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NHS pays millions of pounds more than it needs to for drugs

Many alternatives available for a small fraction of the price

The National Health Service is spending almost £25m a year on supplies of an antidepressant drug despite evidence that it has little clinical advantage over an almost identical medication which costs a fraction of the price.

An investigation by the Bureau of Investigative Journalism (BIJ) for The Independent has raised questions about the only independent study to find evidence that the drug, Cipralex, is clinically more effective than its out-of-patent predecessor, Cipramil. Both have a similar main ingredient but Cipralex costs £14.91, while the older Cipramil is available for just £1.31.

The inquiry sheds light on the lengths to which pharmaceutical companies go to extend the lives of drugs whose patents are about to run out.

Cipralex, or Lexapro, as it is known in the US, is one of the most widely prescribed antidepressants in the world, but has been criticised for being little different from Cipramil, whose patent expired in 2002.

There has only ever been one independent, direct comparative study which suggests that Cipralex is clinically more effective. The Bureau’s investigation has now established connections between an individual working for Lundbeck, the Danish company that makes both Cipralex and Cipramil, and Arbacom, a Russian company that sponsored the independent head to head trial.

That trial helped to make the case for the new drug to clinicians, costing the NHS millions of pounds more in prescription costs. Last year, the health service spent about £3.3m more on Cipralex than on Cipramil, although the older drug was prescribed nine times as often. A paper based on the Arbacom trial, which was published in November 2007 in the medical journal Clinical Therapeutics, acknowledged "Alexander N Postnov and Markus Kornfeld at Arbacom for their help in revising the manuscript". It appears that Mr Kornfeld may have assisted at the same time that he and his wife, Asa, were working for Lundbeck.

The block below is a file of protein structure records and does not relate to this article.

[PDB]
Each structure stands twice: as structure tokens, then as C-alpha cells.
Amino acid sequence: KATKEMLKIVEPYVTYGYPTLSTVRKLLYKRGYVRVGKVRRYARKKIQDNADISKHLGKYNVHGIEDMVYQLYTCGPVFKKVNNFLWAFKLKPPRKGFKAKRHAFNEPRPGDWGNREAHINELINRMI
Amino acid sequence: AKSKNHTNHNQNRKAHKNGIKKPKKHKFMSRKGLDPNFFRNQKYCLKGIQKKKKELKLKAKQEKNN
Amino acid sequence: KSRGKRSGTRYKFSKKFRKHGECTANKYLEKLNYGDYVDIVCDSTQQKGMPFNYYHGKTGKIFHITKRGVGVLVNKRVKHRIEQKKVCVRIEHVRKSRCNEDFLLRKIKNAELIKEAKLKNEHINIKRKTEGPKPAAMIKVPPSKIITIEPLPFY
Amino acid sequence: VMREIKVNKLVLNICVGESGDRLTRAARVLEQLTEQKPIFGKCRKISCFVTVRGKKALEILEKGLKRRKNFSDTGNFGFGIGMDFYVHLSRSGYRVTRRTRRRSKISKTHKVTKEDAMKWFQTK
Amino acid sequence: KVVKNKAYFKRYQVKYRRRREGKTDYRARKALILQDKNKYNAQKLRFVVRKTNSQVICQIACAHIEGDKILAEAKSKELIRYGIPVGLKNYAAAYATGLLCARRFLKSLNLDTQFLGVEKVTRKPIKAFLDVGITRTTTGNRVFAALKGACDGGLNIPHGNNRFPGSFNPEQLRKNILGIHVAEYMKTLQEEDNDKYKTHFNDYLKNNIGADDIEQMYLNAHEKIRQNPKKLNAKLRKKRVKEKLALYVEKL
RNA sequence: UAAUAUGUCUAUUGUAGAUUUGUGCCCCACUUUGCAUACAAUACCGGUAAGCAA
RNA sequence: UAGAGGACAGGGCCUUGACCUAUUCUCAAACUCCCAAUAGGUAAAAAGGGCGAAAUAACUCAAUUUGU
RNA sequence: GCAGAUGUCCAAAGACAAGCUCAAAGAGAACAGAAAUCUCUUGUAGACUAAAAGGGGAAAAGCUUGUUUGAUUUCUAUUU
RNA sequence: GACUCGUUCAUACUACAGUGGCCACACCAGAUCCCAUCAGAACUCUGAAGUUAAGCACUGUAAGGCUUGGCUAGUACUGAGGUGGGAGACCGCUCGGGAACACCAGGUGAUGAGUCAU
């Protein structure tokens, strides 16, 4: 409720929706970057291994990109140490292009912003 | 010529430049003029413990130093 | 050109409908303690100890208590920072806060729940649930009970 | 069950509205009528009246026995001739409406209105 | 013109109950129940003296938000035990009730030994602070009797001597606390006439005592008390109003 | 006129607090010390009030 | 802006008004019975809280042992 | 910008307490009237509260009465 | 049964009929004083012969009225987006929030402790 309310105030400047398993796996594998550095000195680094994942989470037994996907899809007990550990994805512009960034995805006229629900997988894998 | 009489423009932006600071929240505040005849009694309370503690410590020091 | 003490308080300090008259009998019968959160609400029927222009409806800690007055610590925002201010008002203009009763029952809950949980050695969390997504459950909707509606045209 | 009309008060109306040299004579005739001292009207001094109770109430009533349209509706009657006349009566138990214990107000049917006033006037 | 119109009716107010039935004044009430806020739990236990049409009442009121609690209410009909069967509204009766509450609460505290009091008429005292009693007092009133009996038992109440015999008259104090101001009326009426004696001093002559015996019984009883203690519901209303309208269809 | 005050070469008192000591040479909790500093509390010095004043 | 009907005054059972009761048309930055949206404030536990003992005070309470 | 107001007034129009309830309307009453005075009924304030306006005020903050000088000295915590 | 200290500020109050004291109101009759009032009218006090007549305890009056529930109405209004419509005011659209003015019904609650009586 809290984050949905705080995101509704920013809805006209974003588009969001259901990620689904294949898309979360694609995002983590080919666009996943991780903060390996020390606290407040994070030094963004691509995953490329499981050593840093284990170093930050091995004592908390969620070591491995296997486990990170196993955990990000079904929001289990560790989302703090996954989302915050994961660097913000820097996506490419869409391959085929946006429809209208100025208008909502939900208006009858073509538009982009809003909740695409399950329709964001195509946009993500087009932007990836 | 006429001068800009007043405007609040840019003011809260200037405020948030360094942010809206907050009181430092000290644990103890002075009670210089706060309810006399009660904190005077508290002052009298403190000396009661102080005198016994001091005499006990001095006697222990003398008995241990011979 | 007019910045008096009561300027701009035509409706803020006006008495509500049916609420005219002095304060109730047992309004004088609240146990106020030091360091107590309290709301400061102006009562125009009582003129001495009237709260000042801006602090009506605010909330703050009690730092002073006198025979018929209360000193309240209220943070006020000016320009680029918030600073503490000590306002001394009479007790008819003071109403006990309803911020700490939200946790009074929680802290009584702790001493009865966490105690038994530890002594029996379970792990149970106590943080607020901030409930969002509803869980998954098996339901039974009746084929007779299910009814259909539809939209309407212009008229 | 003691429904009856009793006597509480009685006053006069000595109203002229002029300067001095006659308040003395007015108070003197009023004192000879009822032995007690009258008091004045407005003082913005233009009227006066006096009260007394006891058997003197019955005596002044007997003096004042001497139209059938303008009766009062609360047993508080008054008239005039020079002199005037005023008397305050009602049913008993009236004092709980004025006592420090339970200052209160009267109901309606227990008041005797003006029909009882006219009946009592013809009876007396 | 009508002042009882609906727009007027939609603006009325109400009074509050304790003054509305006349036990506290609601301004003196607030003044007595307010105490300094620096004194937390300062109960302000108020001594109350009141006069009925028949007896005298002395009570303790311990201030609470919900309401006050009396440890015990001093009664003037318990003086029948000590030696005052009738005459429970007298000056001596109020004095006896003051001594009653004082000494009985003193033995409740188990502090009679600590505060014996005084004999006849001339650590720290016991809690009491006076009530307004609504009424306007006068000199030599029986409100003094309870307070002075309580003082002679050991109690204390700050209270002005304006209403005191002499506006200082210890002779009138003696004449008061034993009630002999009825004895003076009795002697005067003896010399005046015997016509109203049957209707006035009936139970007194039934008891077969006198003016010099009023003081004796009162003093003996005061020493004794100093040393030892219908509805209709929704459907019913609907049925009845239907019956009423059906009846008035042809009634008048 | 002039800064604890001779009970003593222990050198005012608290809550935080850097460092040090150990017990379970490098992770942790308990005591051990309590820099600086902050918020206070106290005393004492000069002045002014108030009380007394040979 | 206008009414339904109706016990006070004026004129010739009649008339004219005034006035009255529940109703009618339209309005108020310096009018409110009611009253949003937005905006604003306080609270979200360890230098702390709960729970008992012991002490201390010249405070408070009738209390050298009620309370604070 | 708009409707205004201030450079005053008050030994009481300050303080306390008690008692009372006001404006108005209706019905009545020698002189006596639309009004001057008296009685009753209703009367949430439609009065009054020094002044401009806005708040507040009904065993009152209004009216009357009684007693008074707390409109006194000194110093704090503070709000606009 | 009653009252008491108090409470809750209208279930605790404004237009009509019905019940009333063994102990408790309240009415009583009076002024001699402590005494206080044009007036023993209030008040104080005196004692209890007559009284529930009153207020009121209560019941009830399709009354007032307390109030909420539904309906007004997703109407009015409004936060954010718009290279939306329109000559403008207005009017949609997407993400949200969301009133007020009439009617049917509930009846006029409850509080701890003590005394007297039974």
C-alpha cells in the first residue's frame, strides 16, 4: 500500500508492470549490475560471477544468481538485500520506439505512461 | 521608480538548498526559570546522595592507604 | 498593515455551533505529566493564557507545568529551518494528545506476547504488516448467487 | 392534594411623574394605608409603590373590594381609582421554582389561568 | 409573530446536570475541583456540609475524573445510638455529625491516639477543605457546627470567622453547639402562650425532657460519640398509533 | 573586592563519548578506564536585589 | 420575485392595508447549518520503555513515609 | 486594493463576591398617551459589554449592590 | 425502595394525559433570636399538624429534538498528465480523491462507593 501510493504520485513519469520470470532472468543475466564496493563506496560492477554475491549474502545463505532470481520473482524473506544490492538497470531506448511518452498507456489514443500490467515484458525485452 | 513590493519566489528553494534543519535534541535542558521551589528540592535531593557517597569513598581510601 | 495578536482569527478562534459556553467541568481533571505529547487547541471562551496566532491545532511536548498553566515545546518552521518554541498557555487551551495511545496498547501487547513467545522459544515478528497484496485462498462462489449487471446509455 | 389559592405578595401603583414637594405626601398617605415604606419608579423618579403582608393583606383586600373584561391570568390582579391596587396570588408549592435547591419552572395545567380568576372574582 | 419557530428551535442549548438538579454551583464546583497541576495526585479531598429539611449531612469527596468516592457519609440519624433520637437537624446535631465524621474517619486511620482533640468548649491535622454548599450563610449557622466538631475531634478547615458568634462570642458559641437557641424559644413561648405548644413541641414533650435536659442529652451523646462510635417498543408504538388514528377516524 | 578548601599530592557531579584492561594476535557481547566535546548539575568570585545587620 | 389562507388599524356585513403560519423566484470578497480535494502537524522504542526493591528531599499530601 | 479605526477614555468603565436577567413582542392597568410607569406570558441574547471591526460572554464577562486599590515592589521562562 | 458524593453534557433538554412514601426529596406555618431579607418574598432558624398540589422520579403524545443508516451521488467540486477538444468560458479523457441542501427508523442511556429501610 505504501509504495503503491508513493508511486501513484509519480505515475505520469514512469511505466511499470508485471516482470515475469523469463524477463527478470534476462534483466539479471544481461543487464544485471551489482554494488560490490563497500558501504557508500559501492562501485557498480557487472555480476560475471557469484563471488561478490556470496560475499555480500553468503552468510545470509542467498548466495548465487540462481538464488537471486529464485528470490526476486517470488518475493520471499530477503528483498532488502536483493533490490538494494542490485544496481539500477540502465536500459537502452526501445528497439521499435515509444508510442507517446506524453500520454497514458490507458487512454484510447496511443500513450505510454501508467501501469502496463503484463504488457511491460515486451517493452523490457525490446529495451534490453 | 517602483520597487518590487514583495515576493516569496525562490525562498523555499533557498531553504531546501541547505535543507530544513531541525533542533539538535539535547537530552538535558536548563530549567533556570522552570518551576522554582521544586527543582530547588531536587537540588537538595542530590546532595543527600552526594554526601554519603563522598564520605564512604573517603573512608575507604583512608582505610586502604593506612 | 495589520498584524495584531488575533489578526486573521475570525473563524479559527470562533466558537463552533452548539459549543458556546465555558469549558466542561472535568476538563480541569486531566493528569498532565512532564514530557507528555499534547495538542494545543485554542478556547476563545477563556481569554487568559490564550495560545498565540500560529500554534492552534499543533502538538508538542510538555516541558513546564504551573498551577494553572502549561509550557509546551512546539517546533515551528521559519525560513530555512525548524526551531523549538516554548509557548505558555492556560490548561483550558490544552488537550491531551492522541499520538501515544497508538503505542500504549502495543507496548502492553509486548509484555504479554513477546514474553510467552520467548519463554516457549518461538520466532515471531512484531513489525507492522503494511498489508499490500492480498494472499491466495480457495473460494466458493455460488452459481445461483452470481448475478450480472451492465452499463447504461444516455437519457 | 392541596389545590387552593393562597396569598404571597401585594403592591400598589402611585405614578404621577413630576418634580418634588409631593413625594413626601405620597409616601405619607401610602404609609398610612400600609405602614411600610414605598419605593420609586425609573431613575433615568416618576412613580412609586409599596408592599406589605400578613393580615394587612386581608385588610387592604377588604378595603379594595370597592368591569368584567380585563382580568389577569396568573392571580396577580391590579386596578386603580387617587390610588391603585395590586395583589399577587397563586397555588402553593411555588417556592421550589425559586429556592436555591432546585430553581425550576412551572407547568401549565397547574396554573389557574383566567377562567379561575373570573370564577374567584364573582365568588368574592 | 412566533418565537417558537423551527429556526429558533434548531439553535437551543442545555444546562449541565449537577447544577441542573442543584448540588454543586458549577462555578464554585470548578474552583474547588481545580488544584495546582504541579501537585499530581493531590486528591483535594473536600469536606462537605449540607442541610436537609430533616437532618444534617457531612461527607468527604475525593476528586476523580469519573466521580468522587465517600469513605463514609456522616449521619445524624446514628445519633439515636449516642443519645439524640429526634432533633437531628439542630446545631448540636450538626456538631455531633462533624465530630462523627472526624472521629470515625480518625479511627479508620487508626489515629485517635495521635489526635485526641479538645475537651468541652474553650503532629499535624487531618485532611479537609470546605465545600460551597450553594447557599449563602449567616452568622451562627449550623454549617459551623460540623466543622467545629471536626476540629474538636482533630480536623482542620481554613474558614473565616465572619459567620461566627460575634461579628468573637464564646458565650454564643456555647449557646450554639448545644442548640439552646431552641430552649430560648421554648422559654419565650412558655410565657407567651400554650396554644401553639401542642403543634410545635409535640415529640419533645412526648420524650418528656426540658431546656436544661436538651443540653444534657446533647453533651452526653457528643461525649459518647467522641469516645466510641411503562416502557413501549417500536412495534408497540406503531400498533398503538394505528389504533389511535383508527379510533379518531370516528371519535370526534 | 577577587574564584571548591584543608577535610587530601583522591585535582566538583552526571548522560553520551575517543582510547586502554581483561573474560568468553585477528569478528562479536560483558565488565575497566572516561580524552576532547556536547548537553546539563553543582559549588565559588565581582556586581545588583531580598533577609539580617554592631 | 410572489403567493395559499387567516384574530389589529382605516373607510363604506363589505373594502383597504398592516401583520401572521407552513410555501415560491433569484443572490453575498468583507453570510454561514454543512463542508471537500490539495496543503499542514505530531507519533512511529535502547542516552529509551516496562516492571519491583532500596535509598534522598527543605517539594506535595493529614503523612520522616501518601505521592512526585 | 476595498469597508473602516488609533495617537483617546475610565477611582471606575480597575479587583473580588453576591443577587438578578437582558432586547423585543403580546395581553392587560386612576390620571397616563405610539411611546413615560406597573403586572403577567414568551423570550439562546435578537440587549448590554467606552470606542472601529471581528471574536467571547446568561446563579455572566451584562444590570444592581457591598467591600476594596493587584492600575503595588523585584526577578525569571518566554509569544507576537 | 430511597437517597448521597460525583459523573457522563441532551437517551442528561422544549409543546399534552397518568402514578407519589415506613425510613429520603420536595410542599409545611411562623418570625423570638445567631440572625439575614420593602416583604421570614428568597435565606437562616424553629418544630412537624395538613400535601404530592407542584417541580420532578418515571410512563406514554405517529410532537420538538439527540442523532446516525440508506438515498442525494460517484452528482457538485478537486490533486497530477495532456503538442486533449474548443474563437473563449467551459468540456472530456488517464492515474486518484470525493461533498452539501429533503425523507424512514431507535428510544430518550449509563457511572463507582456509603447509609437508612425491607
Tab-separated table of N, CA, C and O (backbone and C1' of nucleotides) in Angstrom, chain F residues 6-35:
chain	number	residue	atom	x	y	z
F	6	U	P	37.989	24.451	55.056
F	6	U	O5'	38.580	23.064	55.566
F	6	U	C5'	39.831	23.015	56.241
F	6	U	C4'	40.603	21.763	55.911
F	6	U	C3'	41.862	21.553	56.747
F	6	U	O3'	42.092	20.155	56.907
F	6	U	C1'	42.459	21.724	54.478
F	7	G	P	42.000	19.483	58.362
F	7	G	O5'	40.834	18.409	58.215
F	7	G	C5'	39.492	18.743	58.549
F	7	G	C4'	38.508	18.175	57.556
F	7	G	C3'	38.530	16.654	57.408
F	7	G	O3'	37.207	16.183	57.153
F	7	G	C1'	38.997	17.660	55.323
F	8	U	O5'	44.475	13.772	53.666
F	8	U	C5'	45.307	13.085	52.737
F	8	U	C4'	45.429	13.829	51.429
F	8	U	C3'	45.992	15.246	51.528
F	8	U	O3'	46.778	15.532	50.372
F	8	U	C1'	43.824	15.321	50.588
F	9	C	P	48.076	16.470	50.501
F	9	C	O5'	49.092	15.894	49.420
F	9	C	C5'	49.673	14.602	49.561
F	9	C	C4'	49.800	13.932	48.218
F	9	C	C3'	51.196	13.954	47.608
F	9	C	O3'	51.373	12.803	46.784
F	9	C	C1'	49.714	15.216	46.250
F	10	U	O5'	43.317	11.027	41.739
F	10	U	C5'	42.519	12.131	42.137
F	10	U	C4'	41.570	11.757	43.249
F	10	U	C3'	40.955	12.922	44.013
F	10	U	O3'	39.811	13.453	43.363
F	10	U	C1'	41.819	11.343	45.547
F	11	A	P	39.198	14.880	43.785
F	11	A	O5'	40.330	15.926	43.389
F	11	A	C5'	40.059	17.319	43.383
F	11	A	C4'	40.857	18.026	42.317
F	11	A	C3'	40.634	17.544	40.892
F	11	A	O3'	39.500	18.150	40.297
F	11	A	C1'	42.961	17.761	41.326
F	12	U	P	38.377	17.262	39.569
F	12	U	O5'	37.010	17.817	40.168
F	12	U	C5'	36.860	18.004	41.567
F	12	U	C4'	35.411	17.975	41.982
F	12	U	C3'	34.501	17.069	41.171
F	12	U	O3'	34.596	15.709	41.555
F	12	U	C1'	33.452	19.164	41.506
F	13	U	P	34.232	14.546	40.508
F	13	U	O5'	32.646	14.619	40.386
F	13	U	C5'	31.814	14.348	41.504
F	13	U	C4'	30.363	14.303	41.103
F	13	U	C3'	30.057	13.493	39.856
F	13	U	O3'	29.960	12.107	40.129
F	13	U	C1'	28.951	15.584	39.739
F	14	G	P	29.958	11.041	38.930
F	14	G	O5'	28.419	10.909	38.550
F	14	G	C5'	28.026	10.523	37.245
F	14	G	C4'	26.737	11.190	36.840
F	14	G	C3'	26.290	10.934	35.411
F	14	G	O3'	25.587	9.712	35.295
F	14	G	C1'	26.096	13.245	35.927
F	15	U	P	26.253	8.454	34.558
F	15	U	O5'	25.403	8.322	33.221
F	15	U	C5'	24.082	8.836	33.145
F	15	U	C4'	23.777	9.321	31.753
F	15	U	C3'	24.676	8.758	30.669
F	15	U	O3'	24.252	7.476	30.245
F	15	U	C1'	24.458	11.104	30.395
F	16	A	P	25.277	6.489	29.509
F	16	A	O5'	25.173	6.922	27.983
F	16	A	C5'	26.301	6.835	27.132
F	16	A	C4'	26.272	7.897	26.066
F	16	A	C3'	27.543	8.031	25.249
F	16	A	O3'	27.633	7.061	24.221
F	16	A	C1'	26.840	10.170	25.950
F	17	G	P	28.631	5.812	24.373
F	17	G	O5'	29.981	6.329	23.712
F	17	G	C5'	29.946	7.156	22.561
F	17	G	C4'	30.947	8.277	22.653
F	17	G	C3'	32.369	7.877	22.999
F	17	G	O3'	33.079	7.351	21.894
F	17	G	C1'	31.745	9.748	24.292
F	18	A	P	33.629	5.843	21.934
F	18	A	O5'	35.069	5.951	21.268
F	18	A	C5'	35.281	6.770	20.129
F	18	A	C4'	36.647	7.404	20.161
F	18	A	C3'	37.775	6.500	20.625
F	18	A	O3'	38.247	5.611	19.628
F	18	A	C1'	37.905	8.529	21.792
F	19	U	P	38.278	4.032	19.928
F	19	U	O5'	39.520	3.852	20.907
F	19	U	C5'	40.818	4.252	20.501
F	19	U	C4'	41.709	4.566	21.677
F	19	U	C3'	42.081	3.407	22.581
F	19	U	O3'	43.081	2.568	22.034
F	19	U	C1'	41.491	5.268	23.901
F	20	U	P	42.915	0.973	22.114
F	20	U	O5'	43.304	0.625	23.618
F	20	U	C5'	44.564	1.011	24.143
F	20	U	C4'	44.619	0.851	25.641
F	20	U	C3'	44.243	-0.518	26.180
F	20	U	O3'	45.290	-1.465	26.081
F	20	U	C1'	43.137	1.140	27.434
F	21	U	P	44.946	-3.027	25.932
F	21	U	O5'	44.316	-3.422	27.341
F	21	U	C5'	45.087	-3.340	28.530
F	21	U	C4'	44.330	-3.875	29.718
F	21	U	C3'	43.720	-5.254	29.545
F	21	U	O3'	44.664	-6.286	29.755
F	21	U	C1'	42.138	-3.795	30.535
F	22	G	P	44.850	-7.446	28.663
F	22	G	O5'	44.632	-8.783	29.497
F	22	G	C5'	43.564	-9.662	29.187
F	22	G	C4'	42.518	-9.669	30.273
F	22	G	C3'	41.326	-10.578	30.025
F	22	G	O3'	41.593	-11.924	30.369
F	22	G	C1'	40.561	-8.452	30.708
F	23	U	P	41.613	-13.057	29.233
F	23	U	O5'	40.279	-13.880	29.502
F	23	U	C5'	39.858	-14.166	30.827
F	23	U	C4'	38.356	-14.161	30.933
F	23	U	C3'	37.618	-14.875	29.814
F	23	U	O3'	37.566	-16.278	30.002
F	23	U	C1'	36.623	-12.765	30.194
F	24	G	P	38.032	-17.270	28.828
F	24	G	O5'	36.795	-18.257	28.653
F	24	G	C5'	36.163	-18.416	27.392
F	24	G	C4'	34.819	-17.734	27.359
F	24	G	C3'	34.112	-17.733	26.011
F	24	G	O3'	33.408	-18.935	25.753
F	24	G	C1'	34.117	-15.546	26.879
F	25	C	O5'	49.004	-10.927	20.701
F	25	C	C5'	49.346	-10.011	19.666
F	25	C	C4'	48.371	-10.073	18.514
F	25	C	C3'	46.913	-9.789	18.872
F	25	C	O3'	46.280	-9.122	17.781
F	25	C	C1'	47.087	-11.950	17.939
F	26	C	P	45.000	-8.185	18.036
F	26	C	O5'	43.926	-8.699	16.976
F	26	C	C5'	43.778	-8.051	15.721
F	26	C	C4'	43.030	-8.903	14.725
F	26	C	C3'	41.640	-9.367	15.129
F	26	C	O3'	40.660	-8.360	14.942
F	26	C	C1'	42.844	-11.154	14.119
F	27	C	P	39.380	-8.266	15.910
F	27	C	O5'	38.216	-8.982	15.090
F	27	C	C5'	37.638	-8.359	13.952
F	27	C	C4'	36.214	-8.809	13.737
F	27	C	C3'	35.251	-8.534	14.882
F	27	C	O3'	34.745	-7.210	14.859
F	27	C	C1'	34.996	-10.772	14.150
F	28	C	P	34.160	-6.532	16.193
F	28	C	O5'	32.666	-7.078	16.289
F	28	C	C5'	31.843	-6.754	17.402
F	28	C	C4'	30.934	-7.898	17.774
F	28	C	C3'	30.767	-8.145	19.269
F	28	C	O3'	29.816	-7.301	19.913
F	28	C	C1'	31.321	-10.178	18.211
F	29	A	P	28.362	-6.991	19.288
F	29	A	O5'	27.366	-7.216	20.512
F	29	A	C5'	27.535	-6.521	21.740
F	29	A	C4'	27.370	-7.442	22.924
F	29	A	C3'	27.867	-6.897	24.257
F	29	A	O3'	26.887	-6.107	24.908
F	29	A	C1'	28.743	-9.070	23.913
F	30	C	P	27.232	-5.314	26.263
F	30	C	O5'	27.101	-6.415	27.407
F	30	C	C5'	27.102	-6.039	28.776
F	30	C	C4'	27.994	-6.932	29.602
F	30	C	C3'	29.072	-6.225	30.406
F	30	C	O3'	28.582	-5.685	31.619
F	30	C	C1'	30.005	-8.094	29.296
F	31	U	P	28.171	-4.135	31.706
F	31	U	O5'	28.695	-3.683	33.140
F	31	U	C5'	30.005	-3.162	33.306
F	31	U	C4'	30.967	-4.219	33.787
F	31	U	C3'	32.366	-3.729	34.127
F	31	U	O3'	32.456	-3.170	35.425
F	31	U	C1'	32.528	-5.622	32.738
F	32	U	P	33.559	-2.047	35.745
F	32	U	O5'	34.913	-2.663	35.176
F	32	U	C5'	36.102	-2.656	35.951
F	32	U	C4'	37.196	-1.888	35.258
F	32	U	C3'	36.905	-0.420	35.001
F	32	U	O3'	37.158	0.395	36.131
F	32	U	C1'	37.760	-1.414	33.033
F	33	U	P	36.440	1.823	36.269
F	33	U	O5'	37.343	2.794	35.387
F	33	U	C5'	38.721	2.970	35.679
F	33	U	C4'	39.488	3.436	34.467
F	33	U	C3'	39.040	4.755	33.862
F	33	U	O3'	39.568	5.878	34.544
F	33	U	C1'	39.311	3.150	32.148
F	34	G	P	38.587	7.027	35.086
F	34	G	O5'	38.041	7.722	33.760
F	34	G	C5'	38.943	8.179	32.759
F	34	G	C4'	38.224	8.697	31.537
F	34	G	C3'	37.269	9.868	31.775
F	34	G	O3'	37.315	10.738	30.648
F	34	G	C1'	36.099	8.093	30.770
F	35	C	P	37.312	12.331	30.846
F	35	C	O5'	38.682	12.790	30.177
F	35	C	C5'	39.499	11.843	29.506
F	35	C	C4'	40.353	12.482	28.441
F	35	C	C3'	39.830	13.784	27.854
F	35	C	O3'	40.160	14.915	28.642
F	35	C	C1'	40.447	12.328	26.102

The BIJ has seen an email from Mr Kornfeld, dated August 2005, in which he sent a protocol for the trial to a Russian woman, copied to someone called "Alex", with a message listing errors in the protocol. In August 2005, Mr Kornfeld was a Lundbeck consultant and his wife was a senior employee.

Mr Kornfeld's email also forwarded a case-report form. The document's properties appear to show this was created only two days previously, and had been modified by a different Lundbeck employee. Mr and Mrs Kornfeld no longer work at Lundbeck and neither responded to requests for comment. Anders Gersel Pedersen, Lundbeck's executive vice-president for drug development, agreed that Mr Kornfeld was a consultant at the time but said nobody at Lundbeck, to the best of the company's knowledge, had known about the Russian Arbacom trial.

The BIJ was unable to contact anyone from Arbacom, which does not appear to have been named as a sponsor of any published research before or since. The bureau uncovered further connections between Lundbeck and Arbacom. While the Arbacom trial was under way, Lundbeck entered into a research contract for an epilepsy drug with another Russian company.